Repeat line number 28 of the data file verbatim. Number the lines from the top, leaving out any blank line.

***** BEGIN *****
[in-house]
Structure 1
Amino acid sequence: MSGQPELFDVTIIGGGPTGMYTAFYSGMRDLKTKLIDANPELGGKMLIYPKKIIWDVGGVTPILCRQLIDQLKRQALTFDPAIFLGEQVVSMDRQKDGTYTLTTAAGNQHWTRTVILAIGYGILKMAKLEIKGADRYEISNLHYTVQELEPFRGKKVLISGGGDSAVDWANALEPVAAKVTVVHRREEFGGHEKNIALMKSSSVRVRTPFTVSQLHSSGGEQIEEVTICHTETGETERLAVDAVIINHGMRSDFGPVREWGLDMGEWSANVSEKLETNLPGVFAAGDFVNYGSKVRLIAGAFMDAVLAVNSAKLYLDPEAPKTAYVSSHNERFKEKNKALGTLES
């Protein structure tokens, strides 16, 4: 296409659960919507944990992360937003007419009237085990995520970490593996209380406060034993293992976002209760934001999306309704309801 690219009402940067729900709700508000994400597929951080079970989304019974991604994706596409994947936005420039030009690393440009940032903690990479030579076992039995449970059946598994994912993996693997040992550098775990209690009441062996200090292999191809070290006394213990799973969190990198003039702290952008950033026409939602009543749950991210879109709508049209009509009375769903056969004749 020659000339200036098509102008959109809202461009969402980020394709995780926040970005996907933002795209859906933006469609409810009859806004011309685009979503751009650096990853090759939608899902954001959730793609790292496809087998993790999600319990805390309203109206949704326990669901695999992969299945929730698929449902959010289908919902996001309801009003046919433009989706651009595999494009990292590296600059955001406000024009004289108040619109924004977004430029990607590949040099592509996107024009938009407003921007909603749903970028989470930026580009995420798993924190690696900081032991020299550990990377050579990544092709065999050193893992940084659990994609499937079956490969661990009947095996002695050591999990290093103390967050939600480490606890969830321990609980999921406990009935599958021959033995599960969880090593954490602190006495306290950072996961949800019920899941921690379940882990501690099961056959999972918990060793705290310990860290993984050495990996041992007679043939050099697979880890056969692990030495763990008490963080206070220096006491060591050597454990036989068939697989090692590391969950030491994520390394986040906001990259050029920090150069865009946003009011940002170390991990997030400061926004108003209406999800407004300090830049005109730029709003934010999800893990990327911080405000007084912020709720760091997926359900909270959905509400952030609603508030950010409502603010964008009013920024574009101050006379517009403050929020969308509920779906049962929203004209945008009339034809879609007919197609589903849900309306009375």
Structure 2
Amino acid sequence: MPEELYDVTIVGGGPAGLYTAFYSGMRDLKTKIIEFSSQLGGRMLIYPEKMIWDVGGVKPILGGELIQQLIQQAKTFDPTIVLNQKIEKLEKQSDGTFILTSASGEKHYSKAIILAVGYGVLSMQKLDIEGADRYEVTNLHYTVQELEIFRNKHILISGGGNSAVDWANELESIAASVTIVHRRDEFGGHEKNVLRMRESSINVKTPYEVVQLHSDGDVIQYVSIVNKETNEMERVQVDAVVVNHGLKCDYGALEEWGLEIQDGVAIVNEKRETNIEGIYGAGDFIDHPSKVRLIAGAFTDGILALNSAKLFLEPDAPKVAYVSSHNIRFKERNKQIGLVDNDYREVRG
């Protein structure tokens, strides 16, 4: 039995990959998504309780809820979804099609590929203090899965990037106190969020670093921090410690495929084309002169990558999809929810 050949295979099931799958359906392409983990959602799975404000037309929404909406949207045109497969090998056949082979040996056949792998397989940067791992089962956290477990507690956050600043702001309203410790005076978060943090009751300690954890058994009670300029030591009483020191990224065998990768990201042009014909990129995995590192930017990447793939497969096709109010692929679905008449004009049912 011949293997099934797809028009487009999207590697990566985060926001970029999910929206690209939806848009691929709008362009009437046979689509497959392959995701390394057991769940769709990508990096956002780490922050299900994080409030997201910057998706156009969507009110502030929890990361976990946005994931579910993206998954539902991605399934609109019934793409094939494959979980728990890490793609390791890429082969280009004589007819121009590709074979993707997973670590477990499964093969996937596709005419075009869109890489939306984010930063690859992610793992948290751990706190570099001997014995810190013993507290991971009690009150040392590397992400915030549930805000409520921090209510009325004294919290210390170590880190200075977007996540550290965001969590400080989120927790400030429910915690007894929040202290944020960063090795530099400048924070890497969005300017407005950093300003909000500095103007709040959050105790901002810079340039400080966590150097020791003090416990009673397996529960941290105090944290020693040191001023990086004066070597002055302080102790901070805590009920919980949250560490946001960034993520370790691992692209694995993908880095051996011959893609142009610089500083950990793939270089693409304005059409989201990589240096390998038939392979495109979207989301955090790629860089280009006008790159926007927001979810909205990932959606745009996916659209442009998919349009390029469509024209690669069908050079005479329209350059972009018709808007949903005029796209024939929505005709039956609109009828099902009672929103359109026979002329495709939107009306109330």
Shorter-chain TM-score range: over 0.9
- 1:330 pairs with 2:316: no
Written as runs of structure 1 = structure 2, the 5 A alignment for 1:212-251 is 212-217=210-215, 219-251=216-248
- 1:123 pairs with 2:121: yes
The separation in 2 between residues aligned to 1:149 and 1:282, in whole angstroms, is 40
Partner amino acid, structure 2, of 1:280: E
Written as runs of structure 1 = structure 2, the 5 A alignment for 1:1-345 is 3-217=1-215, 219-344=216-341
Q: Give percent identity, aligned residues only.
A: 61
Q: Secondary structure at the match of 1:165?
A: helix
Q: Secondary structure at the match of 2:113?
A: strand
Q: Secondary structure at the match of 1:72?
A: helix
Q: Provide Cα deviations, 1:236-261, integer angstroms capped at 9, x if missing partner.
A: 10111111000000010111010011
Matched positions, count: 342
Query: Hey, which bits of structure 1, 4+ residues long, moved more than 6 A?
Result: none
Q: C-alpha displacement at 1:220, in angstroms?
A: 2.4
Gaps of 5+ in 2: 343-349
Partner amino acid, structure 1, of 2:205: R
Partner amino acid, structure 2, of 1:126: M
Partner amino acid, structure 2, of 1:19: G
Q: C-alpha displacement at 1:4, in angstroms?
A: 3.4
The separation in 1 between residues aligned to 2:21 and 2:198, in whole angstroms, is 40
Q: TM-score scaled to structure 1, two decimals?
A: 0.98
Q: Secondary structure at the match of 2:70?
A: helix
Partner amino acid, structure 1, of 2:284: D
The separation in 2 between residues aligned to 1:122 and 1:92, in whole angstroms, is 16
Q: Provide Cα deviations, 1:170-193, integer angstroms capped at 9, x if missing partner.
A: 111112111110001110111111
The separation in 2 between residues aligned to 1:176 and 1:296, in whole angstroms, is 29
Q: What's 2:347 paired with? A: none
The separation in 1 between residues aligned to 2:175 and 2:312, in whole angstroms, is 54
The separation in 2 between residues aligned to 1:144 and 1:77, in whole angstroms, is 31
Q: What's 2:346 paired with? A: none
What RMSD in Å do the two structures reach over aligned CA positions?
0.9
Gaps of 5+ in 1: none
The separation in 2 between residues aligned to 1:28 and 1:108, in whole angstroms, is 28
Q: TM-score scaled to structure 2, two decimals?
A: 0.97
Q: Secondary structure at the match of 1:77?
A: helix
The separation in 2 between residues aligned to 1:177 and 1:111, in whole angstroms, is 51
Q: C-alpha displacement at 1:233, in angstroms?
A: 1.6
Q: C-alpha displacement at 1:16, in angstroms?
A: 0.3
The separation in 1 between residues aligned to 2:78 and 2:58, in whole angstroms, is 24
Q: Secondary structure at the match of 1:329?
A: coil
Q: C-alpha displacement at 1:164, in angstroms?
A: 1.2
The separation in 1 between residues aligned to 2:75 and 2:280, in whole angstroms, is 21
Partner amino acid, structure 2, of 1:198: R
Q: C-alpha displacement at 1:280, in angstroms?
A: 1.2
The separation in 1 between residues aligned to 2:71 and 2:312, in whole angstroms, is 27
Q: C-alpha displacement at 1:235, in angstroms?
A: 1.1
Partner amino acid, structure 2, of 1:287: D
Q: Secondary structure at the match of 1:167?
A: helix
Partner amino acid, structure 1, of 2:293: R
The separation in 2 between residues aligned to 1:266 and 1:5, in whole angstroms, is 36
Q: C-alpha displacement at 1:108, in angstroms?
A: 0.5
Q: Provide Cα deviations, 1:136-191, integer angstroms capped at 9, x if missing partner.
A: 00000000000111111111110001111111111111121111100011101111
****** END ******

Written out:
Q: C-alpha displacement at 1:220, in angstroms?